? about dual Athlon MP 1800s

Some joker is selling them on eBay for about $210 the the mobo combo w/pair included!

How does this setup rank for gamers or people that want to make digital media, versus something like an nForce2 with XP 3000 (333 FSB, not 266)???

Any input would be appreciated.  I know that this would generally be a server setup, but it makes me wonder.

Also, one other question.  Do the dual MPs = double processing speed?  How fast are they opposed to today's fastest CPUs (not the 64bit ones)???

Think of it this way, you can expand the flow of water in a pipe, but you are not making water flow any faster.

If you HAVE to build a computer now you'd be NUTS not to build a 64bit system. 64bit computing is around the corner and it's the next big jump so I'd either get the amd64 3000+ (which is actually not too expensive) or wait a few weeks and buy then.

No need for dual processors unless you're building a server.

Also, nforce2 and 3000+ will blow it out of the water and you may be getting scammed anyways because MP's are just unlocked xp1800's that allow you to change multiplier in the bios. The nforce2 mobo's automatically unlock the cpu anyways(the old palamino cores anyways)

I am going to build the 64 bit system for sure.  However, I was curious about the dual MPs.  I did understand the subtle difference between the XP and MP, but wanted to know if the dual CPUs make the system run twice as fast.  That is something that I never quite understood.




Dual CPU's would make a part of the system run twice as fast. You'd probably get slowed down somewhere else, unless the rest of your comp was equally fast.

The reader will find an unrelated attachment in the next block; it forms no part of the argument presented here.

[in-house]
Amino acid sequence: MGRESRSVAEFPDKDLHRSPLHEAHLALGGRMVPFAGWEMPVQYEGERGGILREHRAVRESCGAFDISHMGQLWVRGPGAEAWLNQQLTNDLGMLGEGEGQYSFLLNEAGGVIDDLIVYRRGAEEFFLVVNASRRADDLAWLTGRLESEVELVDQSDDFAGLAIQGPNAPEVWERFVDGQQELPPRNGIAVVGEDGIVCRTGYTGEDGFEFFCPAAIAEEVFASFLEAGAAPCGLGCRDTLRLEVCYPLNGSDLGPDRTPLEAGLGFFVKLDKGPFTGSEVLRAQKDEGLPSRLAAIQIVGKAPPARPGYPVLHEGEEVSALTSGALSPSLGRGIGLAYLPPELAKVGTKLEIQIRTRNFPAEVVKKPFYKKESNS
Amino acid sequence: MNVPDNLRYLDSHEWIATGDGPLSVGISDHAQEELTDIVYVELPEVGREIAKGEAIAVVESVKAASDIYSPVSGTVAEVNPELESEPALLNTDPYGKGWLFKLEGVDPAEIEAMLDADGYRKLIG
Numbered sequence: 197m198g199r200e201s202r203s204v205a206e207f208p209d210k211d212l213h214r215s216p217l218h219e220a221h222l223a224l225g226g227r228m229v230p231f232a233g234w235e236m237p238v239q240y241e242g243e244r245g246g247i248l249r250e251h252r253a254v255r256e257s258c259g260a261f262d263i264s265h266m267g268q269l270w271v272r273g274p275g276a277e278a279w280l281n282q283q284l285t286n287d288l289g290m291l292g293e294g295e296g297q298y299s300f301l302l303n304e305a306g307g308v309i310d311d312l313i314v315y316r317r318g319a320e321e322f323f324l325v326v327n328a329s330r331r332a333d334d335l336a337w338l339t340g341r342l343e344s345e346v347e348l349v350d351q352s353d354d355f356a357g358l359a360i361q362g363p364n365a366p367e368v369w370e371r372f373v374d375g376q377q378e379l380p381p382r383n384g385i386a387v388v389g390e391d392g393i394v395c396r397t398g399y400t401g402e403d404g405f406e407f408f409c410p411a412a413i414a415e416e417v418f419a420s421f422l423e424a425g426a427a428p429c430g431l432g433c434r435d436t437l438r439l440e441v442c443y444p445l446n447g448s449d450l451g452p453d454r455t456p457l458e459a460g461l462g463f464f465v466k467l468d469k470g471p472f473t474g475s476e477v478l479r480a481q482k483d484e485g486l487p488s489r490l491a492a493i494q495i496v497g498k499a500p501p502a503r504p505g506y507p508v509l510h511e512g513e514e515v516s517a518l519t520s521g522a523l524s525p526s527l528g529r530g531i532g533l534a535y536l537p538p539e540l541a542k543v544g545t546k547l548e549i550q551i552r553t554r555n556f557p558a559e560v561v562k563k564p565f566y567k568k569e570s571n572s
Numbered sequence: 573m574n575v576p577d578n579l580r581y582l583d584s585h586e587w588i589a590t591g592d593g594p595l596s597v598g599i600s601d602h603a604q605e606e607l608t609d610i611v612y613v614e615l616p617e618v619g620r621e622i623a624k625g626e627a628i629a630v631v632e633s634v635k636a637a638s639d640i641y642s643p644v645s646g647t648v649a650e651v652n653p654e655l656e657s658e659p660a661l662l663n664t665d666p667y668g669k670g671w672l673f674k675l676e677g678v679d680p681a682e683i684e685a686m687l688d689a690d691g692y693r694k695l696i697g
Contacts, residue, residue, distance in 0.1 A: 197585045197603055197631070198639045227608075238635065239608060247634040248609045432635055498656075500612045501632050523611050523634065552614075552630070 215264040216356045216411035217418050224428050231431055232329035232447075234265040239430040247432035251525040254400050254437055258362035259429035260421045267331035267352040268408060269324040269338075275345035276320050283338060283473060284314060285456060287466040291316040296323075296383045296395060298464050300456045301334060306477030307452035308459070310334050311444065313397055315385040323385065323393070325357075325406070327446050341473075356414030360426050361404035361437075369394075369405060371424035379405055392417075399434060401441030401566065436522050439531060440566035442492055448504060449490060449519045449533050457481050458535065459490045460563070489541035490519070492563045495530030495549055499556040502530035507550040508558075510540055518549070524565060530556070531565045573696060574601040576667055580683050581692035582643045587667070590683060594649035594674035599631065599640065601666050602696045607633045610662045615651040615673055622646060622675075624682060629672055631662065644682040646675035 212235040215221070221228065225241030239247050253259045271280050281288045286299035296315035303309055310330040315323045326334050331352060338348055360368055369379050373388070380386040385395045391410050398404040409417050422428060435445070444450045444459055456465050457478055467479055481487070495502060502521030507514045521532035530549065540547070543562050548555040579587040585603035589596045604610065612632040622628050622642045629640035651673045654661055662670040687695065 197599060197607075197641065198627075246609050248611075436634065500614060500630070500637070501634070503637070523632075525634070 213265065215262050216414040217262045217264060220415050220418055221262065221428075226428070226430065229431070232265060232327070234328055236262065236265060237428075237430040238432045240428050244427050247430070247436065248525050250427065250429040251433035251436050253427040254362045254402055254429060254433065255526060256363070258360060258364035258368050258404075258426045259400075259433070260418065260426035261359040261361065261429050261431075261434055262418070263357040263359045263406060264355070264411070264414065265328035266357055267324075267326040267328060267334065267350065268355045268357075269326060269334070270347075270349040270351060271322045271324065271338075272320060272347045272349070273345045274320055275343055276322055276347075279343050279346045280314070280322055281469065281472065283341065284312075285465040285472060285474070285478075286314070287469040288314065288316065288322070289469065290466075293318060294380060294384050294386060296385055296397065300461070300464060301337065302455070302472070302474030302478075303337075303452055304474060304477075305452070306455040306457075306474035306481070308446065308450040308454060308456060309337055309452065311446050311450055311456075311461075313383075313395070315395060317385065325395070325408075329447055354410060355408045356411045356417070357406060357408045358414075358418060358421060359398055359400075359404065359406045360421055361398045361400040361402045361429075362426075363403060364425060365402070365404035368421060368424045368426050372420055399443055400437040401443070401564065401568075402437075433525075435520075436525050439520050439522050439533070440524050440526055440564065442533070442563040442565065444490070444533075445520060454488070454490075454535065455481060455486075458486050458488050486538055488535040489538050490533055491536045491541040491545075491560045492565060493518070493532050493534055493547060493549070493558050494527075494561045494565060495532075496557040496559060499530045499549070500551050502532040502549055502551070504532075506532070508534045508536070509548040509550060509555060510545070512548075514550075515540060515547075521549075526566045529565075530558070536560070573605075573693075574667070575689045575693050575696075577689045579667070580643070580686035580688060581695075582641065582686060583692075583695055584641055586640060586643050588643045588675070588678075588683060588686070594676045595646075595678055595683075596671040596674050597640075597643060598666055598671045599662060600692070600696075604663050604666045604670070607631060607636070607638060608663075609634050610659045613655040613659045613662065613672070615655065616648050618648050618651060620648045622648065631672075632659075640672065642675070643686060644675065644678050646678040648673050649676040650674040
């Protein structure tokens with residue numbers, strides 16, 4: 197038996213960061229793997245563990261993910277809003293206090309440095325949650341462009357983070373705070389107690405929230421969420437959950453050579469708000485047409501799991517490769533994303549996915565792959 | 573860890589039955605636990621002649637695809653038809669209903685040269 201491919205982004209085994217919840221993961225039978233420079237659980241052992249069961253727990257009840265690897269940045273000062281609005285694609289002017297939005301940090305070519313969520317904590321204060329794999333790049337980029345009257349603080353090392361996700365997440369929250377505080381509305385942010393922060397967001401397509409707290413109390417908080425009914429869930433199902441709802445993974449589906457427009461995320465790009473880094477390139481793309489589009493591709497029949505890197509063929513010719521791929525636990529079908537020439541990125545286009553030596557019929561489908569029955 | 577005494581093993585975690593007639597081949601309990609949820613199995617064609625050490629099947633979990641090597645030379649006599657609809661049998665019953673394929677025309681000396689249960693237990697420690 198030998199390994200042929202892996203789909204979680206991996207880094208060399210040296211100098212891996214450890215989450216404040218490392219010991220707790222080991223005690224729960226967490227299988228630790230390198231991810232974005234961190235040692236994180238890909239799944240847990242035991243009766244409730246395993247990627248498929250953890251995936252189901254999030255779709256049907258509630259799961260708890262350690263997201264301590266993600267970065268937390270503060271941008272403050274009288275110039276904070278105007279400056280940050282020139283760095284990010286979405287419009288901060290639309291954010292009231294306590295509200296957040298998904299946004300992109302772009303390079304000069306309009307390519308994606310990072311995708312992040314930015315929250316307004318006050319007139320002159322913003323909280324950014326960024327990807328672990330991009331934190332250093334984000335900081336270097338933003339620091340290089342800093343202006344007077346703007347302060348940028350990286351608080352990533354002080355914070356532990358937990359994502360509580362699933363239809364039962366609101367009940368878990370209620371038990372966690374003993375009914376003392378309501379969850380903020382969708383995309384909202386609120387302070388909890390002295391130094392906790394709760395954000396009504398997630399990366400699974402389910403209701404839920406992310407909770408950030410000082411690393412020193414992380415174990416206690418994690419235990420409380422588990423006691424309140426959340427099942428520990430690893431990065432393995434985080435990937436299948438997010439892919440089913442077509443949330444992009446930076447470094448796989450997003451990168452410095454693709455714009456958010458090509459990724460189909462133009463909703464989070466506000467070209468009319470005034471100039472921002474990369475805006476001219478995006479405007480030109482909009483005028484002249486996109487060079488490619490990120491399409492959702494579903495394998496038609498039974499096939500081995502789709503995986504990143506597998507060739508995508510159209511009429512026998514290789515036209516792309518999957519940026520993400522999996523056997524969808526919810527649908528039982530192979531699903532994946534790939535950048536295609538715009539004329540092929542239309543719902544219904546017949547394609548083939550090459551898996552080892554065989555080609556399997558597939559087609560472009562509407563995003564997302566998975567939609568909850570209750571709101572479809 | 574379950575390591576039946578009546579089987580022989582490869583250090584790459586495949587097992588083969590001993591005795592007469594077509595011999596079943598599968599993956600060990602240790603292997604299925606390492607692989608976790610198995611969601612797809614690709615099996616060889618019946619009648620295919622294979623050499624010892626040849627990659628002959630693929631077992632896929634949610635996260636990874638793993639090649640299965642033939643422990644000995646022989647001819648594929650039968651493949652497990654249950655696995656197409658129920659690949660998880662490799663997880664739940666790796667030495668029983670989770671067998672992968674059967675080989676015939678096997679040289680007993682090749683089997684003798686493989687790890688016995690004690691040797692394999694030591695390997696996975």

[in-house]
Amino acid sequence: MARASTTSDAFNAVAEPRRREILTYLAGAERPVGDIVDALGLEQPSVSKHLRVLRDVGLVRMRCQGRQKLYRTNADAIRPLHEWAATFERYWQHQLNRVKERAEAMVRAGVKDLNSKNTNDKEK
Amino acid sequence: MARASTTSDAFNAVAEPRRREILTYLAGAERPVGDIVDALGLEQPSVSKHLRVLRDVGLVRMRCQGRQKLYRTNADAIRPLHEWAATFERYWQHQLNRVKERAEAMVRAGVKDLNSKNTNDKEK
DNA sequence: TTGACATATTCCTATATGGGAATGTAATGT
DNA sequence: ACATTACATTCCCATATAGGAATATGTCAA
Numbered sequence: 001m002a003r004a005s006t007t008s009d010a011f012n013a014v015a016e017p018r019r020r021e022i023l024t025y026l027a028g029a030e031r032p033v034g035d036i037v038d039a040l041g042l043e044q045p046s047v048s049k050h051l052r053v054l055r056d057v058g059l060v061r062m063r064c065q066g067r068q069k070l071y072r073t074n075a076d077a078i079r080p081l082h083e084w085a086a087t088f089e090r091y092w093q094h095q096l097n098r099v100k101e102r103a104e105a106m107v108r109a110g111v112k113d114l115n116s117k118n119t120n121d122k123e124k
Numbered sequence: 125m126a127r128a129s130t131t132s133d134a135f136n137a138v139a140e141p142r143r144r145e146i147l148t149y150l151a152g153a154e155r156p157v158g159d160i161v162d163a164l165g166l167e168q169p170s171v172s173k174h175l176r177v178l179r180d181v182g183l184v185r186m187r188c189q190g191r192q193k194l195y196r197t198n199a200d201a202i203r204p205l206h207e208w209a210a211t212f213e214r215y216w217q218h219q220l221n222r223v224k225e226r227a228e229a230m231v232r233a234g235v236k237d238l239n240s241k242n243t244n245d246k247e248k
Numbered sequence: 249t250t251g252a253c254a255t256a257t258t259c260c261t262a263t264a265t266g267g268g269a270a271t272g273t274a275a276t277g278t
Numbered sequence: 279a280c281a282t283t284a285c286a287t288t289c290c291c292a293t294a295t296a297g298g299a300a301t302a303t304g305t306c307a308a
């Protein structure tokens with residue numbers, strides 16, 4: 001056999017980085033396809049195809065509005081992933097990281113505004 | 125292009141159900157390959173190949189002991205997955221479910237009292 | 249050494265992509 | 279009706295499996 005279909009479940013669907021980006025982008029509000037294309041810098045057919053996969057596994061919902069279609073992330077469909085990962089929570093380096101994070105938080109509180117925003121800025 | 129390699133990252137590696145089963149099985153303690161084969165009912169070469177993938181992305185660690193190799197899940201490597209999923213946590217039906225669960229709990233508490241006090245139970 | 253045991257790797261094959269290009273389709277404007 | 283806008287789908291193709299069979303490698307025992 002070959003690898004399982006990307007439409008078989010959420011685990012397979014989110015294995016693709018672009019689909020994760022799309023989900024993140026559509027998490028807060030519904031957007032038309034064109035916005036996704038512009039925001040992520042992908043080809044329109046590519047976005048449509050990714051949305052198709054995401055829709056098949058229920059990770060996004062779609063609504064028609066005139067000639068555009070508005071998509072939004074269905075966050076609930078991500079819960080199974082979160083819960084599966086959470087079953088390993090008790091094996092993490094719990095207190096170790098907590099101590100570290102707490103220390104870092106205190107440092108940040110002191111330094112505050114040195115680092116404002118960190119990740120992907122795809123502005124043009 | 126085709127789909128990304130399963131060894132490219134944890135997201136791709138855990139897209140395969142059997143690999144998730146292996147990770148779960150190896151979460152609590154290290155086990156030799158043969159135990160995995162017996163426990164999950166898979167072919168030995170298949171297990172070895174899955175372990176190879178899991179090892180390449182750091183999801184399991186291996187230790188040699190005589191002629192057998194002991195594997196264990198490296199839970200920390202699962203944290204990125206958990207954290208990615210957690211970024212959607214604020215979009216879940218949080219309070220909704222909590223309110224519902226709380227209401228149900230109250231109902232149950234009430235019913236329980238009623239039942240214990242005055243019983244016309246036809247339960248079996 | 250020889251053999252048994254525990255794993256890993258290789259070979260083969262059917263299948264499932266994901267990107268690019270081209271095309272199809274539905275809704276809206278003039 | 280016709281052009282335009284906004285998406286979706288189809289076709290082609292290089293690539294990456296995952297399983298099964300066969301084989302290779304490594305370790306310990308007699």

Is this for a home pc? or a server?

When you have dual processors, you are doing parallel processing. This means that you try to split running processes into parts that can be done at the same time on different processors. If a program requires the output of part A before it can start part B, then it can't do A and B at the same time.

So the increased throughput due to adding another processor is dependent on the amount of work that can be done in parallel as opposed to in series. If you can keep all the processors busy all the time, you will have more or less twice the throughput. But that's rare. Usually you will get significantly less than that. And there is also some overhead costs for passing messages between the processors and figuring out how to split the problem into parallel pieces.

Andrew Yao is interprocess communicating with the

It was for a machine to work with digital media.

I am going 3000 instead.